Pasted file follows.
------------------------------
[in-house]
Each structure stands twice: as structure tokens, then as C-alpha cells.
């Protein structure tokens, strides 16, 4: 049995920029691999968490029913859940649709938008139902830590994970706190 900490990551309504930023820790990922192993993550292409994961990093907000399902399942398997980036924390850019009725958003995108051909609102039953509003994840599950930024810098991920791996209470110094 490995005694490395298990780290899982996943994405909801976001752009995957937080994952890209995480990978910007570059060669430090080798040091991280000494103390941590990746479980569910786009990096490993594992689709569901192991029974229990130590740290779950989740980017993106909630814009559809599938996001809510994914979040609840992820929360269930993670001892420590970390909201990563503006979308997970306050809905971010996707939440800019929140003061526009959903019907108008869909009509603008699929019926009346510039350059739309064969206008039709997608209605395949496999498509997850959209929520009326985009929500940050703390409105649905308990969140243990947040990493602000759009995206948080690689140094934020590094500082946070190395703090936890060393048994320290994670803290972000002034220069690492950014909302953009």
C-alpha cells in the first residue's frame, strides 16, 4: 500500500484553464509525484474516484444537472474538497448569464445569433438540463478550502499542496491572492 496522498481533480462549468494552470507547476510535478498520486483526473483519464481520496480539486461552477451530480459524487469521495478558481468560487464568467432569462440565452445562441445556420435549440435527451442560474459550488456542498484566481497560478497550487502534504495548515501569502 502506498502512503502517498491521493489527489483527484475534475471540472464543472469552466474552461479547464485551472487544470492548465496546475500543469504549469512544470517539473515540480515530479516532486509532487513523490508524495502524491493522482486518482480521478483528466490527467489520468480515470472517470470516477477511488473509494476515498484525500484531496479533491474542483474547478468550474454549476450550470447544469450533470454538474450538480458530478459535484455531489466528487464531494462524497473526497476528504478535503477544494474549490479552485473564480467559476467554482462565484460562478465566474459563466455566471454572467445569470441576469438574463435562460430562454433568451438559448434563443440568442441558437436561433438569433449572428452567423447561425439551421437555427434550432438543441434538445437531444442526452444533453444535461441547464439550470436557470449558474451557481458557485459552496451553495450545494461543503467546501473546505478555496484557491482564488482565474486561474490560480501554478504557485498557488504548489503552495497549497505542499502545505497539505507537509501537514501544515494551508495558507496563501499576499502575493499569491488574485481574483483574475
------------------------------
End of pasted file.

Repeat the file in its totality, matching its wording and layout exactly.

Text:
[in-house]
Each structure stands twice: as structure tokens, then as C-alpha cells.
């Protein structure tokens, strides 16, 4: 049995920029691999968490029913859940649709938008139902830590994970706190 900490990551309504930023820790990922192993993550292409994961990093907000399902399942398997980036924390850019009725958003995108051909609102039953509003994840599950930024810098991920791996209470110094 490995005694490395298990780290899982996943994405909801976001752009995957937080994952890209995480990978910007570059060669430090080798040091991280000494103390941590990746479980569910786009990096490993594992689709569901192991029974229990130590740290779950989740980017993106909630814009559809599938996001809510994914979040609840992820929360269930993670001892420590970390909201990563503006979308997970306050809905971010996707939440800019929140003061526009959903019907108008869909009509603008699929019926009346510039350059739309064969206008039709997608209605395949496999498509997850959209929520009326985009929500940050703390409105649905308990969140243990947040990493602000759009995206948080690689140094934020590094500082946070190395703090936890060393048994320290994670803290972000002034220069690492950014909302953009």
C-alpha cells in the first residue's frame, strides 16, 4: 500500500484553464509525484474516484444537472474538497448569464445569433438540463478550502499542496491572492 496522498481533480462549468494552470507547476510535478498520486483526473483519464481520496480539486461552477451530480459524487469521495478558481468560487464568467432569462440565452445562441445556420435549440435527451442560474459550488456542498484566481497560478497550487502534504495548515501569502 502506498502512503502517498491521493489527489483527484475534475471540472464543472469552466474552461479547464485551472487544470492548465496546475500543469504549469512544470517539473515540480515530479516532486509532487513523490508524495502524491493522482486518482480521478483528466490527467489520468480515470472517470470516477477511488473509494476515498484525500484531496479533491474542483474547478468550474454549476450550470447544469450533470454538474450538480458530478459535484455531489466528487464531494462524497473526497476528504478535503477544494474549490479552485473564480467559476467554482462565484460562478465566474459563466455566471454572467445569470441576469438574463435562460430562454433568451438559448434563443440568442441558437436561433438569433449572428452567423447561425439551421437555427434550432438543441434538445437531444442526452444533453444535461441547464439550470436557470449558474451557481458557485459552496451553495450545494461543503467546501473546505478555496484557491482564488482565474486561474490560480501554478504557485498557488504548489503552495497549497505542499502545505497539505507537509501537514501544515494551508495558507496563501499576499502575493499569491488574485481574483483574475